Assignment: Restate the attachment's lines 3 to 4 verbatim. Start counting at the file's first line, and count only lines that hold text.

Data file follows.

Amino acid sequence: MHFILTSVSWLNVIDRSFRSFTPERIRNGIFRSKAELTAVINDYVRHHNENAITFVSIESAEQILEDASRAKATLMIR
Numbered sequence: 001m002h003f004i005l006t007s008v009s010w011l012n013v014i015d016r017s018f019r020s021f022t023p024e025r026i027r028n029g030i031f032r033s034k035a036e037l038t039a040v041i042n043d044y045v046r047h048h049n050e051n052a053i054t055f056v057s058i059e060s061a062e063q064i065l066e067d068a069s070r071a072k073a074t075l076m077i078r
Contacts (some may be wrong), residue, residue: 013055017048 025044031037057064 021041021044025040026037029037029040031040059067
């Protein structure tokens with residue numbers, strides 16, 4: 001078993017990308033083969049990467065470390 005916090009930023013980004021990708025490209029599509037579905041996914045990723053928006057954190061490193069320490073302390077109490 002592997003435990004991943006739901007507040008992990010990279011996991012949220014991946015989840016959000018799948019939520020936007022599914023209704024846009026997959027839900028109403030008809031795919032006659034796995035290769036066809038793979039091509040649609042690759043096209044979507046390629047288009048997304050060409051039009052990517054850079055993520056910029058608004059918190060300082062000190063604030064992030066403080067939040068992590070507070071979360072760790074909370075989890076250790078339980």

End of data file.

Contacts (some may be wrong), residue, residue: 013055017048 025044031037057064 021041021044025040026037029037029040031040059067
């Protein structure tokens with residue numbers, strides 16, 4: 001078993017990308033083969049990467065470390 005916090009930023013980004021990708025490209029599509037579905041996914045990723053928006057954190061490193069320490073302390077109490 002592997003435990004991943006739901007507040008992990010990279011996991012949220014991946015989840016959000018799948019939520020936007022599914023209704024846009026997959027839900028109403030008809031795919032006659034796995035290769036066809038793979039091509040649609042690759043096209044979507046390629047288009048997304050060409051039009052990517054850079055993520056910029058608004059918190060300082062000190063604030064992030066403080067939040068992590070507070071979360072760790074909370075989890076250790078339980």